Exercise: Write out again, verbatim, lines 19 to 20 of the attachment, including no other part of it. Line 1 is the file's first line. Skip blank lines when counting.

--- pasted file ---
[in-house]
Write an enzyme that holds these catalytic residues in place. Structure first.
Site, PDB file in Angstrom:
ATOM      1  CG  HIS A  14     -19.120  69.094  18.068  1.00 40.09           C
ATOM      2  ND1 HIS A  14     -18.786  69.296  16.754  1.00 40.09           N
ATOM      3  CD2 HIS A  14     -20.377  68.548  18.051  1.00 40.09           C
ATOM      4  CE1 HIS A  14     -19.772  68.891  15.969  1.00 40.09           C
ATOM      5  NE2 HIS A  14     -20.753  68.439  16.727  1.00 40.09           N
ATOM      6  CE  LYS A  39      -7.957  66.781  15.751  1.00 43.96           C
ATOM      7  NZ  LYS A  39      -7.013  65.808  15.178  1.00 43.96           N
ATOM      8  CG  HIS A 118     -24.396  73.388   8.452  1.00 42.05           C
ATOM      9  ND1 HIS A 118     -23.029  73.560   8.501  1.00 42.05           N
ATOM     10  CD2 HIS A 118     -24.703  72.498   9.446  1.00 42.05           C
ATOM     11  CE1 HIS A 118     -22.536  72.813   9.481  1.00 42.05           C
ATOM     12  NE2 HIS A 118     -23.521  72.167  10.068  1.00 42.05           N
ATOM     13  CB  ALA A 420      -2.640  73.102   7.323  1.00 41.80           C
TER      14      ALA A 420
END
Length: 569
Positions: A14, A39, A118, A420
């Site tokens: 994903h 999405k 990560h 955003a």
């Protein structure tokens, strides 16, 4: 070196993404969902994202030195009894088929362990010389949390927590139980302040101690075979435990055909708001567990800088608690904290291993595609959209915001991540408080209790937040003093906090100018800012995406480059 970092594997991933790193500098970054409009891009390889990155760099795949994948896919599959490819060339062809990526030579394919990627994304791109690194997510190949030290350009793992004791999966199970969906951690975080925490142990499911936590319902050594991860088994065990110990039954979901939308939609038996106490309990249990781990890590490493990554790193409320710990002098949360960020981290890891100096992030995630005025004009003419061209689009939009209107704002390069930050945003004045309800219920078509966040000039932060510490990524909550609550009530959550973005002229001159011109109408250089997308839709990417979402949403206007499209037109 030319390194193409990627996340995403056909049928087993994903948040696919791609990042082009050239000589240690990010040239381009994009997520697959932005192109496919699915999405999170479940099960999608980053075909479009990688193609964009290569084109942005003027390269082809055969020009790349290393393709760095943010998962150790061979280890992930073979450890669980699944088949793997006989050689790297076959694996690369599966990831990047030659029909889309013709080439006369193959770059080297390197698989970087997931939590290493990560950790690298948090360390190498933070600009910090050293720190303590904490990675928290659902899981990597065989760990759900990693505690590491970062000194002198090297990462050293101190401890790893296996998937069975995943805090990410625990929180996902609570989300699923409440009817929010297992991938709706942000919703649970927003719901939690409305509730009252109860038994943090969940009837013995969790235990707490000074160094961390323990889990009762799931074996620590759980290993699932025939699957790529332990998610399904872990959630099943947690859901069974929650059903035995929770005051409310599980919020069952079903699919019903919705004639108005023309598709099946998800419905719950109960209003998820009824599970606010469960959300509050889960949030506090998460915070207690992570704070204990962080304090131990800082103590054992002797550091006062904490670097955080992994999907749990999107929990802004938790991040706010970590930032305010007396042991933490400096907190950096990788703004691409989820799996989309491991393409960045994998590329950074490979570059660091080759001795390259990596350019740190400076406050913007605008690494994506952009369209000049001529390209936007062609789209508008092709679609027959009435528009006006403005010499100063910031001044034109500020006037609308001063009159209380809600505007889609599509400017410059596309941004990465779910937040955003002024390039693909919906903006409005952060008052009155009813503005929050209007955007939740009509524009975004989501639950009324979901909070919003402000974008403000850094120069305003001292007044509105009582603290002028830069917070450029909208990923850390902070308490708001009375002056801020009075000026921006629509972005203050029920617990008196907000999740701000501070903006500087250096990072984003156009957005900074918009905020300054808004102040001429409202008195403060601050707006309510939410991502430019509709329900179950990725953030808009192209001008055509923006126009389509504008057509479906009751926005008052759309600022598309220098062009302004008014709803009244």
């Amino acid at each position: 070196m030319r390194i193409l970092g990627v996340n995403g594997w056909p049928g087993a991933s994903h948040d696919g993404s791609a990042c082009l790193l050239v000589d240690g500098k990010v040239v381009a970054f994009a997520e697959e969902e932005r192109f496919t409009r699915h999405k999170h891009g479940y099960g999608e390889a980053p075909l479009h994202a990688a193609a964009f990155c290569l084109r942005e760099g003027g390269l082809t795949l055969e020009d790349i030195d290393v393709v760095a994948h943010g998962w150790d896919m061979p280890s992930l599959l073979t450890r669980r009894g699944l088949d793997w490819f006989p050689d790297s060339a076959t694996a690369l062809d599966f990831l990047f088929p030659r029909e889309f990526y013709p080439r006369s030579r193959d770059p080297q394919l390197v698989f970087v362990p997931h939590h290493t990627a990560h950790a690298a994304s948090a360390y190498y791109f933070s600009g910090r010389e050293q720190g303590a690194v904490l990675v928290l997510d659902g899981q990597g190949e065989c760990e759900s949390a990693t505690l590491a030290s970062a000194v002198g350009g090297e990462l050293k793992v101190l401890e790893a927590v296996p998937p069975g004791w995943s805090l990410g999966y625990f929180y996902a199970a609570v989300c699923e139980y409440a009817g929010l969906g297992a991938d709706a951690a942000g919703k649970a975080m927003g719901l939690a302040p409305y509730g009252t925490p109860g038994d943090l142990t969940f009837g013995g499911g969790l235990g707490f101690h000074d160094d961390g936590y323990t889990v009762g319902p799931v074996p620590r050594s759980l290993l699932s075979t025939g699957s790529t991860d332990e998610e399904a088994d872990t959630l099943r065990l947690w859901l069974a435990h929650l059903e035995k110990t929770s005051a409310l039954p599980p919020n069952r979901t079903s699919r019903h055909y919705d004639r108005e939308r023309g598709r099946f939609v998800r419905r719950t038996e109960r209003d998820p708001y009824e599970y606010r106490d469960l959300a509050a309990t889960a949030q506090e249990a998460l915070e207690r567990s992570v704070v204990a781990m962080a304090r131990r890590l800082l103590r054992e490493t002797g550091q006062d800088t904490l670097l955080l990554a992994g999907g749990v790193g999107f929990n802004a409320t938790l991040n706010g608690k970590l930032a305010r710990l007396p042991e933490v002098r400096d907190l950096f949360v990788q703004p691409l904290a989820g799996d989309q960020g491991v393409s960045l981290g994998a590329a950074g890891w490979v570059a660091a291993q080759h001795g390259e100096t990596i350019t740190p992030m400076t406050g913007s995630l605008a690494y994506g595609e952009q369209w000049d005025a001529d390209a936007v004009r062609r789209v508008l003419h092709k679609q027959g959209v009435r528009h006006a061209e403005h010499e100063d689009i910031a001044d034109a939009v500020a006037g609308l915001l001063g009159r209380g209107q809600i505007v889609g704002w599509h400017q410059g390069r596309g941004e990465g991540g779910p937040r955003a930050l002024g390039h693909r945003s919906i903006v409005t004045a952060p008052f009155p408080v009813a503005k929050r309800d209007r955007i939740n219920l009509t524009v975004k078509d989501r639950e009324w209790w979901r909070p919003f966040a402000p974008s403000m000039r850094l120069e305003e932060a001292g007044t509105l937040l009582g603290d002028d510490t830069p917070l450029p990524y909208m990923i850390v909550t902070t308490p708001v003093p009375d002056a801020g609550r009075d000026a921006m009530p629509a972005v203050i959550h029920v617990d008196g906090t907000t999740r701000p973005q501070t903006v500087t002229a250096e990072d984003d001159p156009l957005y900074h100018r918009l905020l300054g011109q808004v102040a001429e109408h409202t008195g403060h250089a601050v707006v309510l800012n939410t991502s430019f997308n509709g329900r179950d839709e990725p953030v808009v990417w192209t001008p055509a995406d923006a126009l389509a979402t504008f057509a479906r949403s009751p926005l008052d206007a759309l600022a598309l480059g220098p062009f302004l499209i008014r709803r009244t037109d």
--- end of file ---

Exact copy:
Length: 569
Positions: A14, A39, A118, A420